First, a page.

Now here's the important part. The surface needs to be sealed before varnishing or the graphite/charcoal will bleed. You can use a spray fixative, but, since I work in a small somewhat air-tight studio, I prefer to use gel medium as a sealer. Scoop the gloss gel medium onto the surface gently, then, with deliberate motions, spread out the gel with your palette knife. This step requires patience to avoid smudging the graphite but it works well.

Once the gel has dried, the piece is ready to be varnished. My standard varnish, the one I'm successful with,  is Liquitex Matte Acrylic Varnish. Can't vouch for any other type of varnish.

I'm calling this piece finished (but just don't look inside the drawers).

Share this post:FacebooktwitterpinterestmailFacebooktwitterpinterestmail

A Diversion

Post-it-Note-book-1On a good day, I go into the studio, pick up a brush and some paint and complete a few quick studies. This turns my key, gets me started for the day. And from there, I move to working on the larger paintings that sit around my studio waiting for completion.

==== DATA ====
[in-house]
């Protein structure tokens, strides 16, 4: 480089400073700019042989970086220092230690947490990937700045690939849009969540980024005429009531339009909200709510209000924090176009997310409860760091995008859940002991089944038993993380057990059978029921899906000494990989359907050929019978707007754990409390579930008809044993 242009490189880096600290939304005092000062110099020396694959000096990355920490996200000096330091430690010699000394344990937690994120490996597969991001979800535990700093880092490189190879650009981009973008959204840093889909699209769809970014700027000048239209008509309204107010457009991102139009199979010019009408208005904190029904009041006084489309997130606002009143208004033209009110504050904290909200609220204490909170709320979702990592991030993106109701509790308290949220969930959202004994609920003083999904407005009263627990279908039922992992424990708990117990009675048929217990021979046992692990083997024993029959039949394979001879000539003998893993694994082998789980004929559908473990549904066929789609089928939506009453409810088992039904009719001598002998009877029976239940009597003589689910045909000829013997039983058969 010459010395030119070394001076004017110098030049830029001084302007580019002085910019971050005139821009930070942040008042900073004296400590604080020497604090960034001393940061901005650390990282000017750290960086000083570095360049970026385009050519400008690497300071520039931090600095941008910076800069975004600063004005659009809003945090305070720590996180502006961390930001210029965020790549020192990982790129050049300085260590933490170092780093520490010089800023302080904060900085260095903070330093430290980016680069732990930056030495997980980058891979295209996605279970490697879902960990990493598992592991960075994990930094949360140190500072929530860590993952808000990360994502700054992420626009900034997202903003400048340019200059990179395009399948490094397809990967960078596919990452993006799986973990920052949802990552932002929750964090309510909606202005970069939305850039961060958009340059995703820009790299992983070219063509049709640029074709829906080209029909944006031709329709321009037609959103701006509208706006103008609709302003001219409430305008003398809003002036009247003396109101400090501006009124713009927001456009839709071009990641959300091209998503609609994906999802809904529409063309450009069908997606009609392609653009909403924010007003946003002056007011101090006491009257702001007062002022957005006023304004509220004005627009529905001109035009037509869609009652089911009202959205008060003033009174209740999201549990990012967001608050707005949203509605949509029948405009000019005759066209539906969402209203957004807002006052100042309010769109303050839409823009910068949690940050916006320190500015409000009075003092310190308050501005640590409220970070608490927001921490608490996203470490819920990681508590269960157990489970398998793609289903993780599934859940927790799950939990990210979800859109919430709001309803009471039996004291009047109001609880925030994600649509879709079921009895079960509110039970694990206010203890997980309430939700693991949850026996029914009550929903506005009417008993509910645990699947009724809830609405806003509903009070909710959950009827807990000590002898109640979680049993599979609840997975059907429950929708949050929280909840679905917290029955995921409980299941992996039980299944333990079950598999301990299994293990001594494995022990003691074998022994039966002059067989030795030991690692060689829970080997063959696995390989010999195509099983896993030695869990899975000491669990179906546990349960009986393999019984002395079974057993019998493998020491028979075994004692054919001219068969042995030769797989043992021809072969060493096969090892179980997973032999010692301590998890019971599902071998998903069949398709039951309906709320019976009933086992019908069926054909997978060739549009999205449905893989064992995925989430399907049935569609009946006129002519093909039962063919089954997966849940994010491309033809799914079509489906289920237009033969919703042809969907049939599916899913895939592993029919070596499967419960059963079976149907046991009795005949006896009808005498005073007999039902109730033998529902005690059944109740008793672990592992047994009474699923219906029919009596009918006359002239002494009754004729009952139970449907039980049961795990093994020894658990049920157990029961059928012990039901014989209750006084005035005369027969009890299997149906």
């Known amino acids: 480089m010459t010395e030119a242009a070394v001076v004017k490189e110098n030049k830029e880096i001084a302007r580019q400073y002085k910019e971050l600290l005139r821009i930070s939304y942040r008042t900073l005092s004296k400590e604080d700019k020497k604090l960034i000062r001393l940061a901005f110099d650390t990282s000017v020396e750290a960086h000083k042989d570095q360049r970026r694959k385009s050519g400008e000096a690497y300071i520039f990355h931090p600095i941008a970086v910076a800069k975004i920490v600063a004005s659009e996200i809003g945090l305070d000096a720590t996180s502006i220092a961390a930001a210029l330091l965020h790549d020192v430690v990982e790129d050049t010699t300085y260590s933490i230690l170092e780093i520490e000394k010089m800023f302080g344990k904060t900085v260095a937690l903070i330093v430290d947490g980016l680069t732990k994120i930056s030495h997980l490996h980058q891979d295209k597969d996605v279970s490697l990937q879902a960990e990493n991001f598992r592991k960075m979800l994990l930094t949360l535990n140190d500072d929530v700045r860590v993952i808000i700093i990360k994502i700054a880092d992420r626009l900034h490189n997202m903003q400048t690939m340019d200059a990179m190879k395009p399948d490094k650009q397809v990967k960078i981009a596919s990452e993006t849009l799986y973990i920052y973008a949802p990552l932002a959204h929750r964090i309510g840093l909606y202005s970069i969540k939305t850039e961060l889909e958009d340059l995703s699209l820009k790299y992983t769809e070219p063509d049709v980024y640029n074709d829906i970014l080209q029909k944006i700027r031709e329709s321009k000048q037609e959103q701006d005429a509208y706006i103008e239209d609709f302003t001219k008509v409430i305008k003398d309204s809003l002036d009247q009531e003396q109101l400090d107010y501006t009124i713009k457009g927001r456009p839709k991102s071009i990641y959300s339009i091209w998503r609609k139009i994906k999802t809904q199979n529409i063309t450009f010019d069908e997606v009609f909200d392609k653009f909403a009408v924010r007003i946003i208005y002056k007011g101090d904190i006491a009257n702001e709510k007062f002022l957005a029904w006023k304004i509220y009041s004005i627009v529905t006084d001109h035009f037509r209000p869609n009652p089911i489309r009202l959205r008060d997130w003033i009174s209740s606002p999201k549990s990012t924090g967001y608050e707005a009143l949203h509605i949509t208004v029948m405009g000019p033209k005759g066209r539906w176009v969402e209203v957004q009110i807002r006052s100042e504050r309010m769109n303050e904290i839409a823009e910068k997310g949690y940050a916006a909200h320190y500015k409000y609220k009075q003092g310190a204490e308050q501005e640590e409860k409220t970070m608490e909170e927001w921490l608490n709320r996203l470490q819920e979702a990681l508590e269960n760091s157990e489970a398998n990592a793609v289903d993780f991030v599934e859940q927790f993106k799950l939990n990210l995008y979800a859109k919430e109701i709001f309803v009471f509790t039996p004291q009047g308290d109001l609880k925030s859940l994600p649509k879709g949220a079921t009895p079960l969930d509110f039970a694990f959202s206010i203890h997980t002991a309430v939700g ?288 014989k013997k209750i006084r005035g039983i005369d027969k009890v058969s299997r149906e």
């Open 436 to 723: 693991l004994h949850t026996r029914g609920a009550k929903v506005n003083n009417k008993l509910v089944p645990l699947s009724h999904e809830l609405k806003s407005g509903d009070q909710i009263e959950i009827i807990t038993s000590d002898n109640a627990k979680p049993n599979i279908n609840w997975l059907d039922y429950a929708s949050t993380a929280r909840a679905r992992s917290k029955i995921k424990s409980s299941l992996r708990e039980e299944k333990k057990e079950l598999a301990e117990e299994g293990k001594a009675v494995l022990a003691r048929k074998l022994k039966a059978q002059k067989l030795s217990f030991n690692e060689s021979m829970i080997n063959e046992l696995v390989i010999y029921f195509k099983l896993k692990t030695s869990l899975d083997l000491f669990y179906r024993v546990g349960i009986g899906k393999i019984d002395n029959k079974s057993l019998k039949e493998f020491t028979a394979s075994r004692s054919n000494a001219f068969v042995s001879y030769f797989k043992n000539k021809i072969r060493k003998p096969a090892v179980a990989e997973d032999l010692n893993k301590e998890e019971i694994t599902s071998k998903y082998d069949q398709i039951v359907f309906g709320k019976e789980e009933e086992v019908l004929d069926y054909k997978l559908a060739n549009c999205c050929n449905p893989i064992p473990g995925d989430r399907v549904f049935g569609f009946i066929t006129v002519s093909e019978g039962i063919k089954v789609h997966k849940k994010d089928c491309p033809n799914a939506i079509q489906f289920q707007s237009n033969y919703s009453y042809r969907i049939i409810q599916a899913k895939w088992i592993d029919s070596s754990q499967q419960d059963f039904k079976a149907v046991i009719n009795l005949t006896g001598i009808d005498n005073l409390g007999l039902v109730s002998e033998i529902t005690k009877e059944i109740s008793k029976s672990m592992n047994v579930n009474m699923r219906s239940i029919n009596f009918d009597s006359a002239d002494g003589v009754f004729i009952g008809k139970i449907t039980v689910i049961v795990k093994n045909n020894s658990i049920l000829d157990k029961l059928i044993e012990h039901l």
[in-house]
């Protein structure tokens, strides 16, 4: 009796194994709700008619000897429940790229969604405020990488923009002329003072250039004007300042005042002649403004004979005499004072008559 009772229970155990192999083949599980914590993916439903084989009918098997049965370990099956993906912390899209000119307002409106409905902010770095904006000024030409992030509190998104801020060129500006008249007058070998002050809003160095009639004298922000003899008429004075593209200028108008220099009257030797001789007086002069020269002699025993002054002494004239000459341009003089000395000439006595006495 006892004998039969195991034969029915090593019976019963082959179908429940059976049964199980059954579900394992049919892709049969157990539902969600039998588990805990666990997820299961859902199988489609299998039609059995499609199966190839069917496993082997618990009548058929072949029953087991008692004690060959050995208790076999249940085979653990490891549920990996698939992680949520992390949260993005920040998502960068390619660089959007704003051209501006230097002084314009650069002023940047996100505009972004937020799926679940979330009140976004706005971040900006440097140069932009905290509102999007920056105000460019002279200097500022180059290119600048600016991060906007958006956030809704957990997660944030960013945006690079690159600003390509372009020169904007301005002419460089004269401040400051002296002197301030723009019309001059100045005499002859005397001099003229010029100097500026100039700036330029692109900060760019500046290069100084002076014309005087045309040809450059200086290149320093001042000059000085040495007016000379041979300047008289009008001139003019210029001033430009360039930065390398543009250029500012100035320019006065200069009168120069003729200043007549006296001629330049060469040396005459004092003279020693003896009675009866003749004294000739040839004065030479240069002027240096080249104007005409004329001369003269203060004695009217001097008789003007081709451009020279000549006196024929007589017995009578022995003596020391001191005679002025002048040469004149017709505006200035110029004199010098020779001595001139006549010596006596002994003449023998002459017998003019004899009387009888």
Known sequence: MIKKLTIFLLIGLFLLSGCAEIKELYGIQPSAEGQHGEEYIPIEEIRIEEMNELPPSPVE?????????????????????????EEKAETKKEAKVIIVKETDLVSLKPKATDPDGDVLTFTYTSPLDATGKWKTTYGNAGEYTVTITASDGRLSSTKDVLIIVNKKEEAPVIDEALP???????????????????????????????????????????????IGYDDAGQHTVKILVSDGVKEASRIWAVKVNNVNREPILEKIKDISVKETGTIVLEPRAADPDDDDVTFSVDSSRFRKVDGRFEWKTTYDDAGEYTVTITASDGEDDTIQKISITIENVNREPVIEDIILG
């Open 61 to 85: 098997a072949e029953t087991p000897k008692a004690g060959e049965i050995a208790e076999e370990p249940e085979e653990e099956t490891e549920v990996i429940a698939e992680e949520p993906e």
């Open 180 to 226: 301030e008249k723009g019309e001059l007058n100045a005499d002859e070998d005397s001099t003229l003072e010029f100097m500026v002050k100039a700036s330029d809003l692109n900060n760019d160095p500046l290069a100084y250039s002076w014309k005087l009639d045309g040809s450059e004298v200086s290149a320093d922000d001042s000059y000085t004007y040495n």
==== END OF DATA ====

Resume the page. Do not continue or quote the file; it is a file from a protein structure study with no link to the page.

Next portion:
But some days I finish the studies and I’m stalled. So on those days I look for a diversion. Something physical where I work with both hands and make a mess. Here’s one of those diversions. It’s a sketchbook. I cut the inside papers; cut the book board for the outside covers; dyed the fabric, glued the fabric to the book boards; stamped, cut and applied fabric and paper; added some paint; added some silk; created a flyleaf; sewed signatures and secured the whole thing together.